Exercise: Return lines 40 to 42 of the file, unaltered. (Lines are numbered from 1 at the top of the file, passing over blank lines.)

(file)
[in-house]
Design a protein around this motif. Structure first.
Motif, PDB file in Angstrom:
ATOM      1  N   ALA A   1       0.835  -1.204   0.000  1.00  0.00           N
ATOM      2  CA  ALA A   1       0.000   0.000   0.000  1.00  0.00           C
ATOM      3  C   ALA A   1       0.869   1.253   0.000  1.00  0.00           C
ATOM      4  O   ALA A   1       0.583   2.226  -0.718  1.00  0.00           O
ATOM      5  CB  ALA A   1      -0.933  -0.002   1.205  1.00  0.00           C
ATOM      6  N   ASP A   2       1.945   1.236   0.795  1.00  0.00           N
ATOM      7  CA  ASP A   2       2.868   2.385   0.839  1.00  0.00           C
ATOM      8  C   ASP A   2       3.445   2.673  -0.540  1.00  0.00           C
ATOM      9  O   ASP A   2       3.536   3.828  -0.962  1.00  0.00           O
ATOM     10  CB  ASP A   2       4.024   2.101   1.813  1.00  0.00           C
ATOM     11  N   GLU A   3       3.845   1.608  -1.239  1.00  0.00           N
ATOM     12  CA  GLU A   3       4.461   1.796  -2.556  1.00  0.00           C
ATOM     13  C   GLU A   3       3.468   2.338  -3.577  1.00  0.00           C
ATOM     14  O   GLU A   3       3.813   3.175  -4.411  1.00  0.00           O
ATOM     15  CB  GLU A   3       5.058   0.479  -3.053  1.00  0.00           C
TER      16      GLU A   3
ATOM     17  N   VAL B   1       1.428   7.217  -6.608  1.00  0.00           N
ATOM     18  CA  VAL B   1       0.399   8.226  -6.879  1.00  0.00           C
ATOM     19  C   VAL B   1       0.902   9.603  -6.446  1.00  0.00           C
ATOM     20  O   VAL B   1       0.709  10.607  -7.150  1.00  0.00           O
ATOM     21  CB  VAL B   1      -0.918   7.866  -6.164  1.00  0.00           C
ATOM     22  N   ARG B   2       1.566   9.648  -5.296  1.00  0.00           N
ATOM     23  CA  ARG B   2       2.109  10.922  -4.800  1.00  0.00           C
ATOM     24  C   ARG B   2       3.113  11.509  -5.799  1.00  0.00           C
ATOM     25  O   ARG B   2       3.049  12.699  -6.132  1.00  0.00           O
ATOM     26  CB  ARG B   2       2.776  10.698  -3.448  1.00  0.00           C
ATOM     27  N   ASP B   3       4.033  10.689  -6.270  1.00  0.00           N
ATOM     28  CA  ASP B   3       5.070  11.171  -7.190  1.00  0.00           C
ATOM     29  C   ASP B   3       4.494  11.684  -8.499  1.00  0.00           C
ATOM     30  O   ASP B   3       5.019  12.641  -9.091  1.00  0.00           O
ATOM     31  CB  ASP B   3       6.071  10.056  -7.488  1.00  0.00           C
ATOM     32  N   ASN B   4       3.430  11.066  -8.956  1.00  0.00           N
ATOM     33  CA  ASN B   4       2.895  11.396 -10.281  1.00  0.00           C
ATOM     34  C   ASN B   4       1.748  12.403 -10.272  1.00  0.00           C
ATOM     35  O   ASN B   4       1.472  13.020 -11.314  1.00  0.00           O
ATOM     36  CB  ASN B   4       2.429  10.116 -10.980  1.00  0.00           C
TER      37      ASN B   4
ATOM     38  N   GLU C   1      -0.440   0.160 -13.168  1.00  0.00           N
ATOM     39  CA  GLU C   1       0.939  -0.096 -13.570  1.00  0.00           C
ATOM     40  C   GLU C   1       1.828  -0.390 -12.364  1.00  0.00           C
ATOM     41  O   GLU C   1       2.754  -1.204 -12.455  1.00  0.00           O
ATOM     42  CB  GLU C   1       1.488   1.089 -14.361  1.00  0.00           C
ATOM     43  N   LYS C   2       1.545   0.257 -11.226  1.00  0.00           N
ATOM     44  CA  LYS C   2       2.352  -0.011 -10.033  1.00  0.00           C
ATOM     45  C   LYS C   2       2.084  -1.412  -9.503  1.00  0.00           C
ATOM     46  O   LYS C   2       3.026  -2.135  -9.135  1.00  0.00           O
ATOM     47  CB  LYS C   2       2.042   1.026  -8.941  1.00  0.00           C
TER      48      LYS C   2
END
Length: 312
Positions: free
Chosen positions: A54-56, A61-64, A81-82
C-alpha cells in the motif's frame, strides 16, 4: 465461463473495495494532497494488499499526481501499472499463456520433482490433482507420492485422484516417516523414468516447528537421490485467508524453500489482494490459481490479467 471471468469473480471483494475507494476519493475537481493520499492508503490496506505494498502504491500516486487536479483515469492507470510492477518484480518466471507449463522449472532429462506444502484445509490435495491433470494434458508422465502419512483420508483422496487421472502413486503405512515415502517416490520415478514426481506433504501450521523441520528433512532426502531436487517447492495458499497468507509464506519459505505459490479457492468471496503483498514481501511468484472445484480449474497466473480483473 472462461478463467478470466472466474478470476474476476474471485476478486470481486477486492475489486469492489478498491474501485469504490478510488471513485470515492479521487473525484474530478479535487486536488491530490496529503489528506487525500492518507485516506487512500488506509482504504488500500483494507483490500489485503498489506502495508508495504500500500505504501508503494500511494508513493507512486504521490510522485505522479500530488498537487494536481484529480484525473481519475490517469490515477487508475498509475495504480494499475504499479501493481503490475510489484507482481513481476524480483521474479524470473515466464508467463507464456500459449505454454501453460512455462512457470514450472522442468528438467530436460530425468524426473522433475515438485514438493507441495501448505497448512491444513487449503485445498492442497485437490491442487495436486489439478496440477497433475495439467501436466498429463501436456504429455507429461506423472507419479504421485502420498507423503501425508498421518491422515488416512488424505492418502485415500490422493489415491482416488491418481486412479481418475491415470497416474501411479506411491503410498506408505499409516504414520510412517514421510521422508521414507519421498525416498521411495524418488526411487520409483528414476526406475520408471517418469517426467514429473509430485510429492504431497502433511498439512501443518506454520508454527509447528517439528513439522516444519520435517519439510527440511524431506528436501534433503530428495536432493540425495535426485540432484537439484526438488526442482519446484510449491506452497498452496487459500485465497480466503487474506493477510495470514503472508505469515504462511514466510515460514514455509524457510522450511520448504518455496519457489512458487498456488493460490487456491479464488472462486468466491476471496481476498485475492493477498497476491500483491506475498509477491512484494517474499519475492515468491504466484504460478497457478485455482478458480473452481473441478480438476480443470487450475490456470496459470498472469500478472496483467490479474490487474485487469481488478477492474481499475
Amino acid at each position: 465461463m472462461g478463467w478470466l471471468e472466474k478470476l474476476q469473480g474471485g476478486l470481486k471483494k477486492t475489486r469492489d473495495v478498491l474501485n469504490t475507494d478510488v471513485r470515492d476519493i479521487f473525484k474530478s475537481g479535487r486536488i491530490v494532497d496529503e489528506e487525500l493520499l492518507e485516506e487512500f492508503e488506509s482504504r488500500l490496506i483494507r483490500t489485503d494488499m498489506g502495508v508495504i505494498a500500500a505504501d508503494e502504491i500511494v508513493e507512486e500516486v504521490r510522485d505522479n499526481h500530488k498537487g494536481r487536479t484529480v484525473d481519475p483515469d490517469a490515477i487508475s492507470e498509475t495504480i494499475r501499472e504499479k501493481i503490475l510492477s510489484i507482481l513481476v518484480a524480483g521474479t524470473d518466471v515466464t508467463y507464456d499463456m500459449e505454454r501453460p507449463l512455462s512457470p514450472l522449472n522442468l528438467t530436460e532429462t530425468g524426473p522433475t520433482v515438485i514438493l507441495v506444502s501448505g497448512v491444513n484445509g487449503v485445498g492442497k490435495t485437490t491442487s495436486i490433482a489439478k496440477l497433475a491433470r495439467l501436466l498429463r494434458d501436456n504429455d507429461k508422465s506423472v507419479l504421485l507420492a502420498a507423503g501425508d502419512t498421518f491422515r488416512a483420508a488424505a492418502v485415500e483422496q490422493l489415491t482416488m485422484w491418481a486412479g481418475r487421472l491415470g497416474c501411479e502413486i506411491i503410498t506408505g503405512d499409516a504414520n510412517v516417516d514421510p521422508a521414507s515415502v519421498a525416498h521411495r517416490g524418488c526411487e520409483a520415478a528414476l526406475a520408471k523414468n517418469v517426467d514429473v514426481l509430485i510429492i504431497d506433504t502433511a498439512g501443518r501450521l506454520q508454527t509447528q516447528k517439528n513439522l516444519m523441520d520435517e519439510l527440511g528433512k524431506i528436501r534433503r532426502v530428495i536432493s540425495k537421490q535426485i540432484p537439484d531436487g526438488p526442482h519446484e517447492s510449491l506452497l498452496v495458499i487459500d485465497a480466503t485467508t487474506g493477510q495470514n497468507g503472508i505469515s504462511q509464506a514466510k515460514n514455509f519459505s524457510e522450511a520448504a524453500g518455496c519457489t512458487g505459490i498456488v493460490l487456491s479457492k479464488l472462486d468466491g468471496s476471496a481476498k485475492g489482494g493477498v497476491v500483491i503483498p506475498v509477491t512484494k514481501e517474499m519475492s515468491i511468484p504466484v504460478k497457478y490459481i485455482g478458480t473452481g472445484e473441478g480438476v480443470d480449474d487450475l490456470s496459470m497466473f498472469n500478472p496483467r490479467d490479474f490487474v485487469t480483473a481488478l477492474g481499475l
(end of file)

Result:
TER      37      ASN B   4
ATOM     38  N   GLU C   1      -0.440   0.160 -13.168  1.00  0.00           N
ATOM     39  CA  GLU C   1       0.939  -0.096 -13.570  1.00  0.00           C